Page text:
This just in from Decanter chef Tony Gardizi:
Decanter Restaurant and Wine Lounge is envisioned to create a warm, welcoming atmosphere where an ever-changing daily menu of unique blend of wines and cuisine inspired by fresh, local and seasonal ingredients are joined with attentive service. Decanter is the place for people to come and enjoy Our Cuisine, great wine, friendly conversation and experience a unique and personal service. Intimate interior design, quite, comfortable and casual,
Our Cuisine: New American –California Cuisine Our menu with contemporary twist, inspired by fresh and seasonal Ingredients. Dinner Entrees are between $15.00-$22.00. We appeal to both vegetarians and non vegetarians. Our executive chef Tony Gardizi will be working with local farmers for his fresh ingredients.Grand Opening in Dec.29.2010. 408 North Bishop Avenue. 214-948-0644
Decanter is in the old Cafe Madrid space.
My husband has been in education for almost 30 years. He’s done his time in inner-city schools for below-the-cost-of-living pay, he’s taught 10 classes a day from a cart with 5 minute breaks and 15 minutes for lunch. He’s broken up fights, been called names, and had his heart broken on more occasions than I can count.
But he’s a teacher, an educator. That’s what he signed up for; that’s what he expected.
What he didn’t expect was to be denied the 20 percent educator discount at Cafe Brazil yesterday when we stopped in for a celebratory brunch after the marathon. Apparently, a school business card with his name and title on it (yes, he has those because he’s a department director now) and a drivers license proving he really is who he said he is, just wasn’t proof enough for him to receive that $2 off our bill. Had he been wearing his school lanyard (which, thankfully, he leaves at home on the weekends) he would have qualified.
Our waitress said it’s because the manager “runs a tight ship.” If that’s the case, I don’t think those are the kind of people I want to go sailing with.19 Comments »
Congratulations to Rafael Figueroa of Dallas for winning the Six-Ingredient Salad category of our Central Market Recipe Contest! Rafael will receive a $100 gift certificate to Central Market for his salad recipe submission below.
Mint and Cherry Salad with Toasted Pecans
1 cup cherries, pitted and halved
¼ cup mint leaves, roughly chopped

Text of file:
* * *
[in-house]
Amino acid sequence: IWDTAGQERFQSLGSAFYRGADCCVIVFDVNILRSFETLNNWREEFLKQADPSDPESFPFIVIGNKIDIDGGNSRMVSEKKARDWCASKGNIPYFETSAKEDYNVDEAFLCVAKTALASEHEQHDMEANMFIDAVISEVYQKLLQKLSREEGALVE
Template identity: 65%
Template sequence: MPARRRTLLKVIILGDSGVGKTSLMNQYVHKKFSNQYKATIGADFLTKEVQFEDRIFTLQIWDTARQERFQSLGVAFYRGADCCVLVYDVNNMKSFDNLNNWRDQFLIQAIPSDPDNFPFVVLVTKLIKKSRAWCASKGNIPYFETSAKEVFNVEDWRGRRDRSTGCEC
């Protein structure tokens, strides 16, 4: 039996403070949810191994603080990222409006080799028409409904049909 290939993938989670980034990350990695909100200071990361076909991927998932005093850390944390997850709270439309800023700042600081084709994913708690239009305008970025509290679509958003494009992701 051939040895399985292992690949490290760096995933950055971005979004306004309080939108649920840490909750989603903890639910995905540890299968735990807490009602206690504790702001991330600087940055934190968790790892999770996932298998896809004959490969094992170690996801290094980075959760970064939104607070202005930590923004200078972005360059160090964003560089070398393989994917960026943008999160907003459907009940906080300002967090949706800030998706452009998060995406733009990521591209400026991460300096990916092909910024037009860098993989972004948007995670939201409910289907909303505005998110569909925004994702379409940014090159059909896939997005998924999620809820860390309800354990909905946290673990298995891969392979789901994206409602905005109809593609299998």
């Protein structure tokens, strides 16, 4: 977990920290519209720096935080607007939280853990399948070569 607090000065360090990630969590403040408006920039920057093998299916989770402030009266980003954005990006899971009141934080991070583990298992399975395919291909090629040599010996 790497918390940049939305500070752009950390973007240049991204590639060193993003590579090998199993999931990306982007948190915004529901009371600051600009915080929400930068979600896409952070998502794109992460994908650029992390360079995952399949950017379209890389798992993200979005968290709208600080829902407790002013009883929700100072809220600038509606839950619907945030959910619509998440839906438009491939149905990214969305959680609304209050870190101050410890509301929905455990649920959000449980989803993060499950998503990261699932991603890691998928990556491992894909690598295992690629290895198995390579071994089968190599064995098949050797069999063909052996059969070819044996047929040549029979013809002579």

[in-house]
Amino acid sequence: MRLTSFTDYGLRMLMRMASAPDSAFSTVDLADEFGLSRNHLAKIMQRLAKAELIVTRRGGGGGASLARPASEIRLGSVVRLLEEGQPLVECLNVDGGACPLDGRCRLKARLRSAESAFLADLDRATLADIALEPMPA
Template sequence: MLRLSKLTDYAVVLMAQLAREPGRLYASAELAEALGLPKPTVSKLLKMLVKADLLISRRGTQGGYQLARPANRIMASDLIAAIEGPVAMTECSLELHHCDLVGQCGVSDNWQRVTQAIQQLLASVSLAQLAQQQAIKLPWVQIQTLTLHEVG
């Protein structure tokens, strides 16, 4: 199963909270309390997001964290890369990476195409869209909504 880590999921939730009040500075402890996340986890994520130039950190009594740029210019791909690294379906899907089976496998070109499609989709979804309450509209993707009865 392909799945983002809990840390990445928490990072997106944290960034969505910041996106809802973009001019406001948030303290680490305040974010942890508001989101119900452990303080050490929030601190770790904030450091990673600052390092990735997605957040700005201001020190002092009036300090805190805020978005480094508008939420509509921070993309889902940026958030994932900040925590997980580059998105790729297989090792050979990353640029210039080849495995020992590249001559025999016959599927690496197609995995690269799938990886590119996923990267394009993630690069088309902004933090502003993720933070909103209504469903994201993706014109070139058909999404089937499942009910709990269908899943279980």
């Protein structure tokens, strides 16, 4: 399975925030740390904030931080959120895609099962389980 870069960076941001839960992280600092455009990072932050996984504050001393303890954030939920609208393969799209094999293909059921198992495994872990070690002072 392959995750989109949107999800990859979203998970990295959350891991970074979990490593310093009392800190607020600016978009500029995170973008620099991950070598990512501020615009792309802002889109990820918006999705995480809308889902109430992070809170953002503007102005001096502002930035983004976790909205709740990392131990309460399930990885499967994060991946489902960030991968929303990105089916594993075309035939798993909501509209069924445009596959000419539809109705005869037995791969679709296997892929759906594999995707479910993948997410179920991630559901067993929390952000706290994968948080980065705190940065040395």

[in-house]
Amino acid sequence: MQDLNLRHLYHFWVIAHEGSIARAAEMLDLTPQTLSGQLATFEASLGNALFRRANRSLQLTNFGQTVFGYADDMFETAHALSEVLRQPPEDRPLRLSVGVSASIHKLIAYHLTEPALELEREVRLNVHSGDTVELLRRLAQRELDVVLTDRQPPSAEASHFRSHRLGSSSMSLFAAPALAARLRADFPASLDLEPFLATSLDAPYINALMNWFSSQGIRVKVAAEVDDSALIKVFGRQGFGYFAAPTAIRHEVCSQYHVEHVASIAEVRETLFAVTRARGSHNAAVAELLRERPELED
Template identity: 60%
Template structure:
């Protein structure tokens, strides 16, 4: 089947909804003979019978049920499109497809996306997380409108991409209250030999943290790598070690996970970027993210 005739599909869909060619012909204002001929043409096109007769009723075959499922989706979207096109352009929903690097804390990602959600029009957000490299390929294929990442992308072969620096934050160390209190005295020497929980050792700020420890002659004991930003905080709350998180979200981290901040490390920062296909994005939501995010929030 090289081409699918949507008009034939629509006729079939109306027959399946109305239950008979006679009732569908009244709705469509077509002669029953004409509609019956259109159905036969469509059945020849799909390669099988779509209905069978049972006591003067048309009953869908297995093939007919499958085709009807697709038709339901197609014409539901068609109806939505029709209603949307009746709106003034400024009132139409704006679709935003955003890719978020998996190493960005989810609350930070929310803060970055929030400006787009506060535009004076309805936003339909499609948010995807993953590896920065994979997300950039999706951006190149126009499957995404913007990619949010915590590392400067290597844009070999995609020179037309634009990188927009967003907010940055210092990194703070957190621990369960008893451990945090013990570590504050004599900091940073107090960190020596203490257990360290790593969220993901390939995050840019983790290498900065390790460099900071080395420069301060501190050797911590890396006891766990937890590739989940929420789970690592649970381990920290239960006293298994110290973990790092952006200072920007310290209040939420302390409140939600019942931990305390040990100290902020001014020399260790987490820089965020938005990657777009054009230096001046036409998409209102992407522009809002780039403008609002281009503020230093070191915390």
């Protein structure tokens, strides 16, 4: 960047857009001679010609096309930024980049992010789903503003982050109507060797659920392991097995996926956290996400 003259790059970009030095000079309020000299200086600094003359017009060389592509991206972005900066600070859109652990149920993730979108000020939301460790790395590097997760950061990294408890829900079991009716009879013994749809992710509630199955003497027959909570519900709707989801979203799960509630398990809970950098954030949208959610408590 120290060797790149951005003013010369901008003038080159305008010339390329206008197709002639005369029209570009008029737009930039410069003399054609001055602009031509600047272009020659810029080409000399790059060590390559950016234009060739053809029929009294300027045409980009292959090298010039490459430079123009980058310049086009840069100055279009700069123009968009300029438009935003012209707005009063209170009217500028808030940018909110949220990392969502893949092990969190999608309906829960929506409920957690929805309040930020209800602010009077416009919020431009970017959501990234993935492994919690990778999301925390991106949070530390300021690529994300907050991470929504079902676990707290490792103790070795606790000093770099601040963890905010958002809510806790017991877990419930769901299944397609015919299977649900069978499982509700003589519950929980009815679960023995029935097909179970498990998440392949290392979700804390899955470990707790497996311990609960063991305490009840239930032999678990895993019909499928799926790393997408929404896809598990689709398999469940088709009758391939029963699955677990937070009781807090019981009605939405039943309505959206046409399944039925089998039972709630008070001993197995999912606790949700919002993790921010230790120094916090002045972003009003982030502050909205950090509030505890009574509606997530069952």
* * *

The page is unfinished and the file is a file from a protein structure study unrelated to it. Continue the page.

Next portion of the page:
¾ cup pecans, halved
1 tsp orange honey (can be substituted with orange zest and honey)
4 tbsp of white balsamic vinaigrette
2 heads of bibb lettuce, cored and torn into bite-sized pieces
Combine mint, lettuce, and cherries in bowl and toss. In a small skillet, toast the halved pecans and then set aside. In a separate bowl, whisk together vinaigrette and orange honey. Season with salt and pepper to taste. Pour dressing over lettuce and toss again. Top with pecans and serve immediately.
Congrats, Rafael! Remember that we still have four more $100 Central Market gift certificates to spoil you with, and this week’s category in our search for the perfect holiday meal is appetizers. You have until Friday, Dec. 10, to submit your favorite appetizer recipes. We’ll announce the appetizer winner next Monday, Dec. 13. Enter here!
Two of this season’s Top Chef contestants, Tre Wilcox and Tiffany Derry, will be side-by-side in the kitchen at Loft 610 on Wednesday. They are cooking a nine-course dinner pared with wine ($100 pp plus tax and grat). The evening starts at 7PM and yes the TV set will be tuned into the latest episode of Top Chef. I’m curious. I wonder if Tre and company are looking at Tiffany to take over the kitchen at Loft 610 when Tre moves to his new digs above the revamped theater in Highland Park Village. Just a thought. 972-377-2500.
An interesting controversy erupted late last week after DMN restaurant critic, Leslie Brenner, released her Best in DFW: Barbecue list. In case you have been leading a normal life and missed the brouhaha, you can catch up by reading the recap post published last Friday on SideDish.
First, I would like to talk about print publications and “best” lists. I have been generating them for 14 years and I know how hard they are to put together. Or rather, how hard they can be if you actually do the legwork. As the food editor of a major city magazine, I’ve learned a few of the dirty secrets in the publishing business. Especially when it comes to lists relating to “bests” and food.
Here is a big one: Most print publications do not spend the time or money necessary to create genuine, editorial “best” lists. The task of compiling them is usually doled out to staffers and underlings to do the research before the “editors” take over. (In some–too many–cases, that never happens.) It is an accepted practice for national food publications to call local food publications for input when they are working on their best lists. Do you really think Esquire eats at all of those burger joints before they declare the best in America?
I have no idea how the Dallas Morning News researches their Best in DFW: Whatever lists. I can only give you my opinion of those they have printed over the last couple of years. They are lazy, weightless amalgamations. None of them include a description of the methods used in quantifying the “winners.” The paper promotes them as “Leslie Brenner’s” but, in small print, claim: “How we choose. The Best in DFW series presents critics’ and staff picks and asks readers to chime in with their favorites. Critics’ picks are presented without ranking.”
If that is the way you conduct your research, put it in your first paragraph. And add authority by ranking the picks.52 Comments »